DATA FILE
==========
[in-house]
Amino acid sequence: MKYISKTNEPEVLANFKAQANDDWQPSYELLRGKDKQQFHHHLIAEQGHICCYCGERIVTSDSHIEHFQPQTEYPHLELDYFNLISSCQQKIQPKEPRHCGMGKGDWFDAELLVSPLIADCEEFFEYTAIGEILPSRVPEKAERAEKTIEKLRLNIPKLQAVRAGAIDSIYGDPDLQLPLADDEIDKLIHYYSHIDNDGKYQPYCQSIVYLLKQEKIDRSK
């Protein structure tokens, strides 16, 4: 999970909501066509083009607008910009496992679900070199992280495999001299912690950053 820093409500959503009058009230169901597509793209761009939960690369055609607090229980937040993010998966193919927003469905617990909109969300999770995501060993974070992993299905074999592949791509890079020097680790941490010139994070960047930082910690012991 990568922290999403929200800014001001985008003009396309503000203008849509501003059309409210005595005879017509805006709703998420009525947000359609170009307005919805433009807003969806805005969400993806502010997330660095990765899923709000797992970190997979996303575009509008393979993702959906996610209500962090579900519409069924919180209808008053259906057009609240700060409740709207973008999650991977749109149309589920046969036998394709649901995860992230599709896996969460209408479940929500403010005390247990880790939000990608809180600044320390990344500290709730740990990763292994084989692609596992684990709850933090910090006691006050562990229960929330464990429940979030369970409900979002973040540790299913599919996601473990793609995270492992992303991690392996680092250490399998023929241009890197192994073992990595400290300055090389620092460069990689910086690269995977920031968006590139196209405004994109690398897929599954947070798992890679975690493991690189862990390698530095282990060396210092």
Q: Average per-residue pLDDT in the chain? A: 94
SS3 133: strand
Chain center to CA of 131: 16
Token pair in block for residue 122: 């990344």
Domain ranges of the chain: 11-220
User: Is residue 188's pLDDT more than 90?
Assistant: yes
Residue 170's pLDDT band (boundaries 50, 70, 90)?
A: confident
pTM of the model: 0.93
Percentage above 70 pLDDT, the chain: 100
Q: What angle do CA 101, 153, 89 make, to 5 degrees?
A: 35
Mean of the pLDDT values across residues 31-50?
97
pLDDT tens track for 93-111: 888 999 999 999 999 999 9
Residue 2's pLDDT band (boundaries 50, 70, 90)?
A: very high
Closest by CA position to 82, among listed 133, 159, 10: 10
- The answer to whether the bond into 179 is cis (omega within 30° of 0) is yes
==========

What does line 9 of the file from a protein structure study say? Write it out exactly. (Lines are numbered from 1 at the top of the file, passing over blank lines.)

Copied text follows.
User: Is residue 188's pLDDT more than 90?